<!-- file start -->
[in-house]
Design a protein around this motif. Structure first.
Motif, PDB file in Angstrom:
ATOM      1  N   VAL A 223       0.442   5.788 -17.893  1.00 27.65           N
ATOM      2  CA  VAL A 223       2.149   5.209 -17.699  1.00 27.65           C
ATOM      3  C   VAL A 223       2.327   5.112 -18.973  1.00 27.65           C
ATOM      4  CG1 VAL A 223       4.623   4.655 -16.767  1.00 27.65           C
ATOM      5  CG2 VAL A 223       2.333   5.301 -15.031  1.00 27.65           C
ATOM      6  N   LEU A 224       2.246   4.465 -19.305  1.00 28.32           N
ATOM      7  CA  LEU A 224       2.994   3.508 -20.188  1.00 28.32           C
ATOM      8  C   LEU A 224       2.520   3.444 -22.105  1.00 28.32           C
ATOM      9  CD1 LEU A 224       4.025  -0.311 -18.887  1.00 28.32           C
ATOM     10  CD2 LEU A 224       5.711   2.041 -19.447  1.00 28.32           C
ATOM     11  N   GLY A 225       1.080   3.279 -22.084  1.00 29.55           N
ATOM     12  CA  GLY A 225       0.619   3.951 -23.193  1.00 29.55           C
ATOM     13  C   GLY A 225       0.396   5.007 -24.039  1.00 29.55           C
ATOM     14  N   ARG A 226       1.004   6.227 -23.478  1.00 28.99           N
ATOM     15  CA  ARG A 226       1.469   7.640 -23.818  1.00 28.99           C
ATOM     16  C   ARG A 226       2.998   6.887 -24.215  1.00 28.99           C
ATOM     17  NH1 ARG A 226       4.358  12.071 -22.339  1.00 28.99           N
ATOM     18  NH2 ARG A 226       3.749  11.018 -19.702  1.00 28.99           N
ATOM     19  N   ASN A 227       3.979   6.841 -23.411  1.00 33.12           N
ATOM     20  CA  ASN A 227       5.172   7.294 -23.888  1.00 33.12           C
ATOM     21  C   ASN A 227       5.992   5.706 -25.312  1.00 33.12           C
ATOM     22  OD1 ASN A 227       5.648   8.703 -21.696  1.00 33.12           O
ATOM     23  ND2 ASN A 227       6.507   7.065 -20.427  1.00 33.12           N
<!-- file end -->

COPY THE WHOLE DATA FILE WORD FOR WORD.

[in-house]
Design a protein around this motif. Structure first.
Motif, PDB file in Angstrom:
ATOM      1  N   VAL A 223       0.442   5.788 -17.893  1.00 27.65           N
ATOM      2  CA  VAL A 223       2.149   5.209 -17.699  1.00 27.65           C
ATOM      3  C   VAL A 223       2.327   5.112 -18.973  1.00 27.65           C
ATOM      4  CG1 VAL A 223       4.623   4.655 -16.767  1.00 27.65           C
ATOM      5  CG2 VAL A 223       2.333   5.301 -15.031  1.00 27.65           C
ATOM      6  N   LEU A 224       2.246   4.465 -19.305  1.00 28.32           N
ATOM      7  CA  LEU A 224       2.994   3.508 -20.188  1.00 28.32           C
ATOM      8  C   LEU A 224       2.520   3.444 -22.105  1.00 28.32           C
ATOM      9  CD1 LEU A 224       4.025  -0.311 -18.887  1.00 28.32           C
ATOM     10  CD2 LEU A 224       5.711   2.041 -19.447  1.00 28.32           C
ATOM     11  N   GLY A 225       1.080   3.279 -22.084  1.00 29.55           N
ATOM     12  CA  GLY A 225       0.619   3.951 -23.193  1.00 29.55           C
ATOM     13  C   GLY A 225       0.396   5.007 -24.039  1.00 29.55           C
ATOM     14  N   ARG A 226       1.004   6.227 -23.478  1.00 28.99           N
ATOM     15  CA  ARG A 226       1.469   7.640 -23.818  1.00 28.99           C
ATOM     16  C   ARG A 226       2.998   6.887 -24.215  1.00 28.99           C
ATOM     17  NH1 ARG A 226       4.358  12.071 -22.339  1.00 28.99           N
ATOM     18  NH2 ARG A 226       3.749  11.018 -19.702  1.00 28.99           N
ATOM     19  N   ASN A 227       3.979   6.841 -23.411  1.00 33.12           N
ATOM     20  CA  ASN A 227       5.172   7.294 -23.888  1.00 33.12           C
ATOM     21  C   ASN A 227       5.992   5.706 -25.312  1.00 33.12           C
ATOM     22  OD1 ASN A 227       5.648   8.703 -21.696  1.00 33.12           O
ATOM     23  ND2 ASN A 227       6.507   7.065 -20.427  1.00 33.12           N